Questions arise over fairness of ISTEP+ tests

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There are new and serious questions about the fairness Indiana's high stakes and controversial ISTEP+ exams.

From what State Board of Education members are learning, all the tests may not have been created equal. The ISTEP+ math test students took with pencils and paper may have been easier than the one students were given online.

Board members who raised suspicions months ago had them confirmed Wednesday night as they prepared for Thursday's meeting. As board members compared notes and listened to their own testing experts, vice chairperson Sarah O'Brien spoke up.

"I feel we need more information on this," she said.

A draft report from testing company CTB found possible discrepancies. The revelation came just as the State Board of Education prepared to set passing and failing scores on exams affecting 400,000 students, their teachers and schools.

"As a parent and a teacher, I get the importance of why we need to get these assessments, but we have an obligation to get it right," O'Brien told reporters.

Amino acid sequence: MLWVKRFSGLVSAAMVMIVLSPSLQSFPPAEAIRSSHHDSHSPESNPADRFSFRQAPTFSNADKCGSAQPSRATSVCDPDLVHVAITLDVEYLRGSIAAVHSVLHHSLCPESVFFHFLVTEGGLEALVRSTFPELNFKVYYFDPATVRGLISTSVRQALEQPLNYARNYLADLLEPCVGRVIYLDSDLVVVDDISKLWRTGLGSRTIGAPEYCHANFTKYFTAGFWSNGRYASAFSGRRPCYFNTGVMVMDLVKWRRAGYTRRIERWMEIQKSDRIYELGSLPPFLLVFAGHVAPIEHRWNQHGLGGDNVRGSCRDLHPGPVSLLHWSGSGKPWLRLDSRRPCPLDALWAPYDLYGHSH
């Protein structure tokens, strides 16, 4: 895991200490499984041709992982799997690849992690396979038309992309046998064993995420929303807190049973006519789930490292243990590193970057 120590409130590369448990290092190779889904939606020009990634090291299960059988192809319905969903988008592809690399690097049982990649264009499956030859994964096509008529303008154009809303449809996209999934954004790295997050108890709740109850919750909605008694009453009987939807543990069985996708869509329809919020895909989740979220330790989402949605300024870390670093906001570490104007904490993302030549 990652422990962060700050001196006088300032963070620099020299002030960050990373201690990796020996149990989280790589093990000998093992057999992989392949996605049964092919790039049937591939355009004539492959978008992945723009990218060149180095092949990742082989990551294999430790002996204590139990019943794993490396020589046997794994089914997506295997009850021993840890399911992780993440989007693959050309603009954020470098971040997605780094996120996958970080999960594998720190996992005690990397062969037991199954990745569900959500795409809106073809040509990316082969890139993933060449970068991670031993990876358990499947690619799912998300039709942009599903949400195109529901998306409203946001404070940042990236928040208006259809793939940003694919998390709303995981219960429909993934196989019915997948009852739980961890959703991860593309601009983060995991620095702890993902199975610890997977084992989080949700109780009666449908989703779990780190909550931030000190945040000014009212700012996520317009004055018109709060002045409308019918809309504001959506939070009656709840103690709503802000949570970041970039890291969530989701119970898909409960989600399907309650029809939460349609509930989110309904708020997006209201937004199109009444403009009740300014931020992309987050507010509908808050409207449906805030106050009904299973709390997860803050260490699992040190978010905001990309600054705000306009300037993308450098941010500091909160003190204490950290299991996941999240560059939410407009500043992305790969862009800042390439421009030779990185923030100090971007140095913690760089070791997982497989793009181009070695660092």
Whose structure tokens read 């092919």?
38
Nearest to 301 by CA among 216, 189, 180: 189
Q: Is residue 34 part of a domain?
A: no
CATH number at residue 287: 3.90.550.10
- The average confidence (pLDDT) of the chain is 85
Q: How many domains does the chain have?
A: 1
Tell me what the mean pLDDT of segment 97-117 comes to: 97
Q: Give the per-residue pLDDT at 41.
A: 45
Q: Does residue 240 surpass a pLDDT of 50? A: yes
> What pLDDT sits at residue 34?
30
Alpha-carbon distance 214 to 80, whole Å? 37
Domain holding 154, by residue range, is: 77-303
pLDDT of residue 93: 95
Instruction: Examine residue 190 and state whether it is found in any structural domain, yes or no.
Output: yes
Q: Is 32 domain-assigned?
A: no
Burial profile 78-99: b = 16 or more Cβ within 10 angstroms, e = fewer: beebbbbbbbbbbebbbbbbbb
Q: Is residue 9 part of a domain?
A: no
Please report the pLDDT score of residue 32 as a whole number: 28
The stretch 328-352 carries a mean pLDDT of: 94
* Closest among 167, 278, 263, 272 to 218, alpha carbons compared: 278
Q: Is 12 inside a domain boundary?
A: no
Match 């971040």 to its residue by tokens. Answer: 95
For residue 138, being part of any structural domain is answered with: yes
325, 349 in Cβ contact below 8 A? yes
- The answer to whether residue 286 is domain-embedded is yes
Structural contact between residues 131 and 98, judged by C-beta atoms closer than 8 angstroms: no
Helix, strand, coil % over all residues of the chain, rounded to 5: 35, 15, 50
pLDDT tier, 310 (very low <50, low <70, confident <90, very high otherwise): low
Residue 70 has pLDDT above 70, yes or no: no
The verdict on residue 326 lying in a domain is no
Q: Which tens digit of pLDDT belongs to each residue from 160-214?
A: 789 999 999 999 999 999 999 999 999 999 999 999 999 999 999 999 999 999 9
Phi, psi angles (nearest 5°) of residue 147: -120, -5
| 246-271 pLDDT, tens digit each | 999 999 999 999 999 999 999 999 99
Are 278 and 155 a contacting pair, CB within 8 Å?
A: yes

CTB and the board's independent experts will examine the tests to determine whether one is more difficult than the other. Pass/fail scores are on hold. 

Superintendent of Public Instruction Glenda Ritz sounded confident.

"So we are going to step back, make sure it all gets resolved, try to stay on our time schedule," she explained.

In the spring, students took a new version of ISTEP+. It was written to Indiana's new, more rigorous, education standards. That, on top of grading problems, have already delayed test results by six months. Information teachers typically rely on to help students learn won't be available until this school year is half over.

"At this point, we are getting them so delayed that we have students that are not getting fine-tuned adjustments to their education," O'Brien said. 

One board member called it "another self-inflicted wound" for a test that's had so many problems, many educators question whether the results, no matter how long they take, can be trusted. Although O'Brien said she trusts the test results, she conceded, "It is no question to anyone in the state of Indiana, that we are in a position these teats are not necessarily seen as credible."

Credibility is a significant issue. 

Results, when they are released, will assess student learning.  But test scores and pass/fail rates are factors in determining teacher evaluations and compensation. The state uses the scores to assign A through F grades to individual schools as well as entire school systems. There is a lot at stake for teachers, schools and communities.